"What did she say?"

"Pretty much what we knew already," Courtney answered. "Future Zan wanted her to make him fall out of love with her so he'd go to Ava instead, and then maybe Ava would be here if the invasion happened anyway. He was grasping at straws, but I can't argue with him. Seeing the Royal Four together might have made a difference."

"Image is everything," Dee said sadly.

"Unfortunately," Courtney agreed. "But I helped her retrieve a bunch of pictures of Future Zan from her camera. She'd deleted them when she got pissed at him, but now I think she wanted proof he was real."

"Maria won't like it if you make friends with Liz," Dee remarked.

"Ask me if I care," Courtney said. "Besides, there's no stopping it. Liz loves science, and husks fascinate her. We spent a lot of time talking about what it was like to wear one, and how they work, and all that."

"Maria really won't like that," Dee said. "Speaking of husks, do you have your new one yet?"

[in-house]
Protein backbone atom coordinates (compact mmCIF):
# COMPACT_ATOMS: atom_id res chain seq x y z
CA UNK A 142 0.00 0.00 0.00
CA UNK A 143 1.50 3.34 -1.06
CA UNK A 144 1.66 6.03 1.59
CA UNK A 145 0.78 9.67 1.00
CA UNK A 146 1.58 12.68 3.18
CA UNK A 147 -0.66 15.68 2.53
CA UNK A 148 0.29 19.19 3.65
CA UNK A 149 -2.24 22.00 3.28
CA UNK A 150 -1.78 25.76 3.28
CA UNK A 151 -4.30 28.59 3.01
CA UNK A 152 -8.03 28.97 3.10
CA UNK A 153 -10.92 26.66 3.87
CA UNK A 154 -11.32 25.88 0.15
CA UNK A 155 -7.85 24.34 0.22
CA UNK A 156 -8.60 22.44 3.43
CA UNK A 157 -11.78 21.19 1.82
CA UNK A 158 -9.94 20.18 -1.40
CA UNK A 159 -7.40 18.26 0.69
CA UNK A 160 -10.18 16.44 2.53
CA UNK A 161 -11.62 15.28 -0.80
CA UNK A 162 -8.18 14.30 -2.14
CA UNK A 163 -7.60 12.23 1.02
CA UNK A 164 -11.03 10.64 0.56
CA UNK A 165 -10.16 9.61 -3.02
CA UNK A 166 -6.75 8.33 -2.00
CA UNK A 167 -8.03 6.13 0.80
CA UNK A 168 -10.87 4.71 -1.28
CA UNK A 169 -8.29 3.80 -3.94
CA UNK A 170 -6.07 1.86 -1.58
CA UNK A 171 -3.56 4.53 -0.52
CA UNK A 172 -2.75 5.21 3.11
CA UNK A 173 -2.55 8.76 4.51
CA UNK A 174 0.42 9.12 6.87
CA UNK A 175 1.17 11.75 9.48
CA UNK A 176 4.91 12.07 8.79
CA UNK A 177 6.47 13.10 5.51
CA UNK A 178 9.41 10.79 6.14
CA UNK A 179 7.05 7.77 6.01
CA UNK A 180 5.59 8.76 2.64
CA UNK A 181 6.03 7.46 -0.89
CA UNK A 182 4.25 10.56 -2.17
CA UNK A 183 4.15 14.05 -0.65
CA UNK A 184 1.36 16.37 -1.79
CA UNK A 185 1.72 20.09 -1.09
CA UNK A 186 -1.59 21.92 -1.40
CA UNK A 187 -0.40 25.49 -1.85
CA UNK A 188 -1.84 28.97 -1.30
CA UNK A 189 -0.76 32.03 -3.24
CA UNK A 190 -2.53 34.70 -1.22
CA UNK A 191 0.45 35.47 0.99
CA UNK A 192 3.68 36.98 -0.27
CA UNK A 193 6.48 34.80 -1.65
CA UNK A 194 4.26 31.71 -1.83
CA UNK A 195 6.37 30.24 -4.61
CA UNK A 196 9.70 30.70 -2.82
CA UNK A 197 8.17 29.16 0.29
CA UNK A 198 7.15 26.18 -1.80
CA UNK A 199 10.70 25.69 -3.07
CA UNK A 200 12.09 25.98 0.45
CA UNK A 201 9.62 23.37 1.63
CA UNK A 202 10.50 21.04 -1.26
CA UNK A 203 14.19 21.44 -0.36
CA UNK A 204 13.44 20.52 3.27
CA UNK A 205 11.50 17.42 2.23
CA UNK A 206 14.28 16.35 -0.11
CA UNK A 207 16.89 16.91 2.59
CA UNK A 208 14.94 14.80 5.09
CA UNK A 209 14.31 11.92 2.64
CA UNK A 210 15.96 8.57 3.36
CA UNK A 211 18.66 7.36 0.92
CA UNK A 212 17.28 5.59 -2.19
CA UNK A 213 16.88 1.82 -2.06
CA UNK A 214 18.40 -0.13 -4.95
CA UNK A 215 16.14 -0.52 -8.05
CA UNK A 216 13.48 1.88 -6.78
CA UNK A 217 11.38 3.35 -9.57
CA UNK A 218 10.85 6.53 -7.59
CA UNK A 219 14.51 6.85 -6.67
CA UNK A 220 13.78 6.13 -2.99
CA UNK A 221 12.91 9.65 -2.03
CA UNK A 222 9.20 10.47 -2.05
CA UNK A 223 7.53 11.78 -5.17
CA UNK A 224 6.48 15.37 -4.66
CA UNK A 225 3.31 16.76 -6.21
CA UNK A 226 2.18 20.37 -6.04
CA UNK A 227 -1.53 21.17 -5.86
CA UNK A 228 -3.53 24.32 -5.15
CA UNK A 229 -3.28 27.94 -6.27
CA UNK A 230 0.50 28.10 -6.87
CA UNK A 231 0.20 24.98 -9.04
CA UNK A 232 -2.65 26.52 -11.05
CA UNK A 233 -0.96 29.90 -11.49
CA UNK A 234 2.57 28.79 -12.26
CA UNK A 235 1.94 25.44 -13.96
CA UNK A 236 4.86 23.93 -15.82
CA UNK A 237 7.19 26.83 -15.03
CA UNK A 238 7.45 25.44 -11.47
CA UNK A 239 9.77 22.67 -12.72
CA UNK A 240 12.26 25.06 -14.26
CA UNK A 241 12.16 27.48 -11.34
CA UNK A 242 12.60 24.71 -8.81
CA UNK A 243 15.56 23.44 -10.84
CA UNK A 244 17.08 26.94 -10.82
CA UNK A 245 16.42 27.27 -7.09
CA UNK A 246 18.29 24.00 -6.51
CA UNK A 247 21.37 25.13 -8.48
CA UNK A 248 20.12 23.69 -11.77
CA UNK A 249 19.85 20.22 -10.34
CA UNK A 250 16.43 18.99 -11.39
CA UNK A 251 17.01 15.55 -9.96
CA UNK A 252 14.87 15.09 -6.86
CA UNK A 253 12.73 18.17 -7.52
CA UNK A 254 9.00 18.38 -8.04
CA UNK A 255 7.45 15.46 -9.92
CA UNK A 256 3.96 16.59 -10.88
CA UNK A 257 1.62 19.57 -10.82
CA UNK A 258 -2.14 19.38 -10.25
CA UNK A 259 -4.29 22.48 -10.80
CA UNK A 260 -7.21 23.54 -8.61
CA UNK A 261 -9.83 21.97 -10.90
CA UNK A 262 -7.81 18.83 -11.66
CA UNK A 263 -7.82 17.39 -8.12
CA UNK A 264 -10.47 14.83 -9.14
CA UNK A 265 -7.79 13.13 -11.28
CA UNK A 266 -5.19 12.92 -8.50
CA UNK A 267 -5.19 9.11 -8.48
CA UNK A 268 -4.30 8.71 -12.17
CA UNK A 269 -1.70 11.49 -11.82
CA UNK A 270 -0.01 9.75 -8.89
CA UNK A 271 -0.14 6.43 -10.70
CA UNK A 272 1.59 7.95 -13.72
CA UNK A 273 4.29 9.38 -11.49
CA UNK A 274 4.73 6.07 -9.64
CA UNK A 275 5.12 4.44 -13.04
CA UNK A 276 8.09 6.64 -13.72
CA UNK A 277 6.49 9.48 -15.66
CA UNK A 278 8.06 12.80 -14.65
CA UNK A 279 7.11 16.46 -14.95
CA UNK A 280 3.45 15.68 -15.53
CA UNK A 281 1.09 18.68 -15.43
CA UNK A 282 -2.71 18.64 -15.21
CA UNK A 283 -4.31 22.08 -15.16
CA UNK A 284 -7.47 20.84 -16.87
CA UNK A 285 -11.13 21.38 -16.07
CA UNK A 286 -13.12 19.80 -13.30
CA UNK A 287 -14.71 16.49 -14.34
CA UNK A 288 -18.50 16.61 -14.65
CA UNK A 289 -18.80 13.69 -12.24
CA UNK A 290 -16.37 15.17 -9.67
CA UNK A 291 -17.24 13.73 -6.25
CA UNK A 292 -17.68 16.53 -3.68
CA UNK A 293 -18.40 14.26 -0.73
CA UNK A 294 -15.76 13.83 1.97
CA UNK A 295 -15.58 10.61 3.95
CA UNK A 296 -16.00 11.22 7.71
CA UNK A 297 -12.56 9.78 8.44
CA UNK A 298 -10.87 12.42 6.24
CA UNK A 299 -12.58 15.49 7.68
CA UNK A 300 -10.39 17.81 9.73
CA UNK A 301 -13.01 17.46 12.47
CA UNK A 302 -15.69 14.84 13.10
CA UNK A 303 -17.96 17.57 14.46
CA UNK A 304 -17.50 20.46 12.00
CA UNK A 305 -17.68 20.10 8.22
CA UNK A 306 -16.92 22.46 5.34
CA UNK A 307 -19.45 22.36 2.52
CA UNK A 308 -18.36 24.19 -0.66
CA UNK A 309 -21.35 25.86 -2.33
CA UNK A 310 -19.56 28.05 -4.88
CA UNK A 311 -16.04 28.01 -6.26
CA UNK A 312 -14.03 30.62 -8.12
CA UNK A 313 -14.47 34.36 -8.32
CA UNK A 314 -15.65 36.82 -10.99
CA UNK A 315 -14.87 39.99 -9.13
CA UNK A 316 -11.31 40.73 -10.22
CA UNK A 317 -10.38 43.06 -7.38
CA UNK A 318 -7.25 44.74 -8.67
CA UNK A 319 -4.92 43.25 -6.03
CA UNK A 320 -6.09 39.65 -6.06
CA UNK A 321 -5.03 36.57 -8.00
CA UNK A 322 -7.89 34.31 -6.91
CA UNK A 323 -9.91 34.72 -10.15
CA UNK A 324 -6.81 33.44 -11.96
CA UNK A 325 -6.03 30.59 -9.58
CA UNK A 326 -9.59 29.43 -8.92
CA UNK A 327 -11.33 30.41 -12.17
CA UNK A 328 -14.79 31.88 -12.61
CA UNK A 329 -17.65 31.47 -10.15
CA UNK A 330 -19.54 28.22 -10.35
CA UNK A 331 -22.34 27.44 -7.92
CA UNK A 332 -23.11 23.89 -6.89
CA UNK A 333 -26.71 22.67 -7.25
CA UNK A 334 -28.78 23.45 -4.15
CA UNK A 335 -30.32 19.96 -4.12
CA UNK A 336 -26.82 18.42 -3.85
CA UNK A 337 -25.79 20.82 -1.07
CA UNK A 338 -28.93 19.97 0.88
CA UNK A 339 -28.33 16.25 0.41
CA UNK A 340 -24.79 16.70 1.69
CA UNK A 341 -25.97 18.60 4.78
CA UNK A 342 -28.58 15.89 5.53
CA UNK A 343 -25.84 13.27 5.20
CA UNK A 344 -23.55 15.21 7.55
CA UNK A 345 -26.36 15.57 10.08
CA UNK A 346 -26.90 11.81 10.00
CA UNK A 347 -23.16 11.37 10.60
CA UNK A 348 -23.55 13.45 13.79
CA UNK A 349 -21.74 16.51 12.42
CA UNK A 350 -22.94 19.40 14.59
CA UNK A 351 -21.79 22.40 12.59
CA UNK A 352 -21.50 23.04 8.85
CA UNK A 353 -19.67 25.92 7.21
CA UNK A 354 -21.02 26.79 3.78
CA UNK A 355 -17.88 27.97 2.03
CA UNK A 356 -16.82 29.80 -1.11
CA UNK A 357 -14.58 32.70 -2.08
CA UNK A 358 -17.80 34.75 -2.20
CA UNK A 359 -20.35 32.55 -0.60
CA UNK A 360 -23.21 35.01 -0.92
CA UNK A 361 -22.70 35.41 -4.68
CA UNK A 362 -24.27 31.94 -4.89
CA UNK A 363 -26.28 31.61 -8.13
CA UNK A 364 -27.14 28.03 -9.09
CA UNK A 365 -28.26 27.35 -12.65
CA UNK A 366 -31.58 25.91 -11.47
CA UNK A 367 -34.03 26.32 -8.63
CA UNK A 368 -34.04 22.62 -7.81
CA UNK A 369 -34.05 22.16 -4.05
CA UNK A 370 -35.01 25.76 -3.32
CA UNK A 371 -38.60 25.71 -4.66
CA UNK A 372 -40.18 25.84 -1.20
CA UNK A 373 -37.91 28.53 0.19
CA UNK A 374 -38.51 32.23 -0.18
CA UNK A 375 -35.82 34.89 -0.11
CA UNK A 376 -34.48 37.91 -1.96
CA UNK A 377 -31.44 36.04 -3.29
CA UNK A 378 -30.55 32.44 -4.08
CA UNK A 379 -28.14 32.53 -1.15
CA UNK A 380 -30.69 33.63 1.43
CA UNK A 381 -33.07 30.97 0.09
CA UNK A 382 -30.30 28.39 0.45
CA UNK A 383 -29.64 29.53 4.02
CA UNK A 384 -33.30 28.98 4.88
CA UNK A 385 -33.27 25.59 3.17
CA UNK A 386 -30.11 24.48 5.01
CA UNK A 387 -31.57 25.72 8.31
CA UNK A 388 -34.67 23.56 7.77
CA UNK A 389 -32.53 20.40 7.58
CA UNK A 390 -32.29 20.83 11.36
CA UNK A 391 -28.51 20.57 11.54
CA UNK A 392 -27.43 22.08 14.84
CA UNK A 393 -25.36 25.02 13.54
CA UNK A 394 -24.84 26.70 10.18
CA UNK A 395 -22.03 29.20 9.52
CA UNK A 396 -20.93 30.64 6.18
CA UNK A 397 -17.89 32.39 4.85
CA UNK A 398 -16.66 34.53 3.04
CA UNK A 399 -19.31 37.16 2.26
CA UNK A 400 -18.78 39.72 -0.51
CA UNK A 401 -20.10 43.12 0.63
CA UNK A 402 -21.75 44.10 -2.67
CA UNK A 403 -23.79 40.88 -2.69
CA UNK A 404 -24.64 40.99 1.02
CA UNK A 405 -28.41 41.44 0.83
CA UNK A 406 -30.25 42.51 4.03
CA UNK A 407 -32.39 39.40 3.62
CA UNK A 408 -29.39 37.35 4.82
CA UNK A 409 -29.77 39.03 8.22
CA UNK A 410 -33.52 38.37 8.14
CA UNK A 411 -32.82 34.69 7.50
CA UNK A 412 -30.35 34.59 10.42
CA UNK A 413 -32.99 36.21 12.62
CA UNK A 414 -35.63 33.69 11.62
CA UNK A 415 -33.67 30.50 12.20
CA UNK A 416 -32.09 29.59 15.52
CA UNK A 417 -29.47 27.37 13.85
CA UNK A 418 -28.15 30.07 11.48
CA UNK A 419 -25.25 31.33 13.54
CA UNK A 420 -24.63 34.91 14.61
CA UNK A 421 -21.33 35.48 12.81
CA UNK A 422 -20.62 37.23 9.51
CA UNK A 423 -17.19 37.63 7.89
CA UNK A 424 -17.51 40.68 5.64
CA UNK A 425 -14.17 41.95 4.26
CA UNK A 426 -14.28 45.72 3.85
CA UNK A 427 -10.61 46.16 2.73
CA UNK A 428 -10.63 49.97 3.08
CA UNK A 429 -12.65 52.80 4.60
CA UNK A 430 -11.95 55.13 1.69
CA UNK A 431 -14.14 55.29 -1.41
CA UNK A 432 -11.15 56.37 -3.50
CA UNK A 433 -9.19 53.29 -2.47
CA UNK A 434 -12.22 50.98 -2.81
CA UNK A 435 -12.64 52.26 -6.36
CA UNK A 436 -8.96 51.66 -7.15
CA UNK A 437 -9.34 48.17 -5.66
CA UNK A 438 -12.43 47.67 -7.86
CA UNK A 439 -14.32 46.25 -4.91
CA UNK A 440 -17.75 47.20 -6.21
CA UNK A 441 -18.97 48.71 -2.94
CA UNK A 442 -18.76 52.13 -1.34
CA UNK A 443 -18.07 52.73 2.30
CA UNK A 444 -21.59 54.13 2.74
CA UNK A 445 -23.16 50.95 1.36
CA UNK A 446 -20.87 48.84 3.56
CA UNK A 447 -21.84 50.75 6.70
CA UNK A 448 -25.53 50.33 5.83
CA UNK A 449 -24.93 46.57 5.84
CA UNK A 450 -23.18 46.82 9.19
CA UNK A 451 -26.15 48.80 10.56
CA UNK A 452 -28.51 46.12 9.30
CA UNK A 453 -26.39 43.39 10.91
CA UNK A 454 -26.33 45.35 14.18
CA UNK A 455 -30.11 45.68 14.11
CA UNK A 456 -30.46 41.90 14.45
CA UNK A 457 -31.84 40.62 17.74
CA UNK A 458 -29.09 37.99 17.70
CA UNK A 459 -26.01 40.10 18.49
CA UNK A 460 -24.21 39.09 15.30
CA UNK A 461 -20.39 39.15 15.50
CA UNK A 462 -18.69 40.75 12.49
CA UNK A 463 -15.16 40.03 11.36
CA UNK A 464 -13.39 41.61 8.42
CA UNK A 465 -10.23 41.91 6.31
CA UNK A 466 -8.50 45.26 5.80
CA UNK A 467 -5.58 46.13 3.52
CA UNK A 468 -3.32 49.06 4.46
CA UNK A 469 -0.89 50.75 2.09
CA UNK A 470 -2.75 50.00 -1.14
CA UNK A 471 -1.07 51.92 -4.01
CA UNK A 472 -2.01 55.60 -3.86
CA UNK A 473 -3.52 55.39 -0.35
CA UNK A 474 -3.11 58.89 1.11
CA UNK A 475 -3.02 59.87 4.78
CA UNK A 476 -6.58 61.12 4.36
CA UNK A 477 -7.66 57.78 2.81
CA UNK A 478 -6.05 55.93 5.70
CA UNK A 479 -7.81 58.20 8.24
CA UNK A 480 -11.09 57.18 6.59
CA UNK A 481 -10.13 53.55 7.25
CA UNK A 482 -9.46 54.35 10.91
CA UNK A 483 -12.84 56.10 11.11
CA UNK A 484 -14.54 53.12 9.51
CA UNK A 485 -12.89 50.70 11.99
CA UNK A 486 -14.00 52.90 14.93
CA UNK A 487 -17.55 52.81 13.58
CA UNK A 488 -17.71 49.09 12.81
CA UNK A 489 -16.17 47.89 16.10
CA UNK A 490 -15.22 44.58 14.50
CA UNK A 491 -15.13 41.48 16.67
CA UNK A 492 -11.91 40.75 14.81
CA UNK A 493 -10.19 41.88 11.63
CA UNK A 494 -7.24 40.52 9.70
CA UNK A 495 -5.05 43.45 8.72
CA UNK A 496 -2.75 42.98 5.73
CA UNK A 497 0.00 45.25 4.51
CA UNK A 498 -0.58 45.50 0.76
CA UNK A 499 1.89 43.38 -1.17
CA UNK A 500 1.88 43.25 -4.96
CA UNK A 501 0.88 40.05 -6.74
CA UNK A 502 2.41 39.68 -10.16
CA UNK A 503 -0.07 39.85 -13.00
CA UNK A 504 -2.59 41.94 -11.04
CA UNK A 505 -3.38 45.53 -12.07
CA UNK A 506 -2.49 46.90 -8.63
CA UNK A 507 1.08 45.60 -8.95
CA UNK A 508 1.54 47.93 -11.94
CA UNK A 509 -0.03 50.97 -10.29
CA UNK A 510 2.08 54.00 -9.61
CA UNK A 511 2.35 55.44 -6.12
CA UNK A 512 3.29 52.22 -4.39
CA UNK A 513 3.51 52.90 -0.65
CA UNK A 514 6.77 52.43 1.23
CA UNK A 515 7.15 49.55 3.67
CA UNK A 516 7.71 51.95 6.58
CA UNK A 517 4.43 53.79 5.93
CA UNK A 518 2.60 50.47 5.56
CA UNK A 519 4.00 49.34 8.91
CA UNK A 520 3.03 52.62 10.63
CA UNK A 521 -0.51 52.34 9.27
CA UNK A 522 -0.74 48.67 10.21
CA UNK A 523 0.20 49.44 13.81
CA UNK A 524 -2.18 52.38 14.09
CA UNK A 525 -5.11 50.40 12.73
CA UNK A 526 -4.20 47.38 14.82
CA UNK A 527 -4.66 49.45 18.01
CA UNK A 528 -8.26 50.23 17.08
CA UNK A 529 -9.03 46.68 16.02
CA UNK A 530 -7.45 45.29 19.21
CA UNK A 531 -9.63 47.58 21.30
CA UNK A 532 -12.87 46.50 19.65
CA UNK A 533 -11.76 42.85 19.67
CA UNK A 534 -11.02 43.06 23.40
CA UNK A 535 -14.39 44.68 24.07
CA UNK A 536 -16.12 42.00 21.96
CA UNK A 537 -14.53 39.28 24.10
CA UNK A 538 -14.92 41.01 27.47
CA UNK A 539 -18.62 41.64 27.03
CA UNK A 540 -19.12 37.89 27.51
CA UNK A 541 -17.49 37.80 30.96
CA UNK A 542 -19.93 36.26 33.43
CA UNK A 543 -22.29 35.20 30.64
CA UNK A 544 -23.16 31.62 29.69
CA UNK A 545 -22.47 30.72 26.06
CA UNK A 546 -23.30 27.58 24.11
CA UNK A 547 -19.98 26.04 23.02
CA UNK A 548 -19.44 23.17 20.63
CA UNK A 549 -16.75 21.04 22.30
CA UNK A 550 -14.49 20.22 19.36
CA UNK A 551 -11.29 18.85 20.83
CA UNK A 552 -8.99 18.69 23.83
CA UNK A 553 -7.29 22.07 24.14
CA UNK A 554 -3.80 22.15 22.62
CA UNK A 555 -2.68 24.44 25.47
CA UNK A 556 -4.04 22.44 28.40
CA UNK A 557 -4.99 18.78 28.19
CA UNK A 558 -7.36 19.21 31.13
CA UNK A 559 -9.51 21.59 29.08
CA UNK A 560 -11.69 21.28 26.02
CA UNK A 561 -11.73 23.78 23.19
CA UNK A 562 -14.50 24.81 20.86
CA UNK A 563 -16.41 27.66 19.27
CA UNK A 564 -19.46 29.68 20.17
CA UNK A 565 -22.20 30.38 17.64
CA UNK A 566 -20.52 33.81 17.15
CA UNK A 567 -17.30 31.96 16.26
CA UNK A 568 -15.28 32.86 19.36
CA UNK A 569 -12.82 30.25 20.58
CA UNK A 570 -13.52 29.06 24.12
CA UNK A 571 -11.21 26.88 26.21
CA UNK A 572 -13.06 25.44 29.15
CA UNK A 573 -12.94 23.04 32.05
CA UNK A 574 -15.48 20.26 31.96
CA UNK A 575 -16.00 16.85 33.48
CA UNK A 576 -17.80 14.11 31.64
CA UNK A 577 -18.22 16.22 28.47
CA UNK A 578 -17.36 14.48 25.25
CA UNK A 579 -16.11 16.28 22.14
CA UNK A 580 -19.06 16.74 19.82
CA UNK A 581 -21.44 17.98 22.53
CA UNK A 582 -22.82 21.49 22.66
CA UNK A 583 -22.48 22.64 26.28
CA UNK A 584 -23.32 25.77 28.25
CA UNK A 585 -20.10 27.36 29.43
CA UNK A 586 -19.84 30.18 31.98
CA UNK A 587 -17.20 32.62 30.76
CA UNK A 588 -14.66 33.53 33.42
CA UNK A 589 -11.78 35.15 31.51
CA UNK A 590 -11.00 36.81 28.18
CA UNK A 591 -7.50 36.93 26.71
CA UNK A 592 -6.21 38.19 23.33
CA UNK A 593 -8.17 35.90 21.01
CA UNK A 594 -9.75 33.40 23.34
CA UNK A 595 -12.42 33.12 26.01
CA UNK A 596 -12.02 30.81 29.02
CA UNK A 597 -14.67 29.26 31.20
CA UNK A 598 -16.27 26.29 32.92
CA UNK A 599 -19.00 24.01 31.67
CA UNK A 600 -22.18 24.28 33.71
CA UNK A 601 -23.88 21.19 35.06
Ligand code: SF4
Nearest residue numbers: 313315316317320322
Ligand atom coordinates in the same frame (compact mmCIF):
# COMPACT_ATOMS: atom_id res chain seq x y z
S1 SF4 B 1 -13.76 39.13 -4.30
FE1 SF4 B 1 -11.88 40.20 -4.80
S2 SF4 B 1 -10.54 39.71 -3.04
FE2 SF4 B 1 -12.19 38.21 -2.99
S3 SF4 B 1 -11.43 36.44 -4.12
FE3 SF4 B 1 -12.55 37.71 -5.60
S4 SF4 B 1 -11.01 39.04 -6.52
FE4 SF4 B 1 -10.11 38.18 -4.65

"," Courtney said.

"Why not?" Dee said. "You have a new husk! Put it on!"

"It's not that simple," Courtney said. "I—" She stopped, hearing footsteps in the distance. "I think they're back. I have to go."

"Good luck!" Dee said. "I'm behind you one hundred percent! Call me in if you need me, you hear?"

Courtney felt a lump in her throat. It had only been a couple of days, but it was surprising how much she missed having someone to talk to or bounce things off of. That was partly why she'd felt so sorry for Liz last night. Being alone sucked.

"I'll leave the phone on," Courtney whispered. "Keep listening." She stuffed the phone in her pocket, picked up her plate, and had just taken a bite of her makeshift sandwich when Liz's bedroom door opened.

"See?" Maria's voice said. "Told you she wouldn't be here."

"She must be," Liz's voice answered. "She wouldn't leave without the new husk."

"Maybe she's downstairs grabbing it from Michael's trunk while we're up here," Ava's voice said.

And how would I have known you were coming? Courtney thought wearily. Goodness, but Ava was a buzzkill. "I'm out here!" she called before tucking back into her sandwich. Sounded like she was going to need it.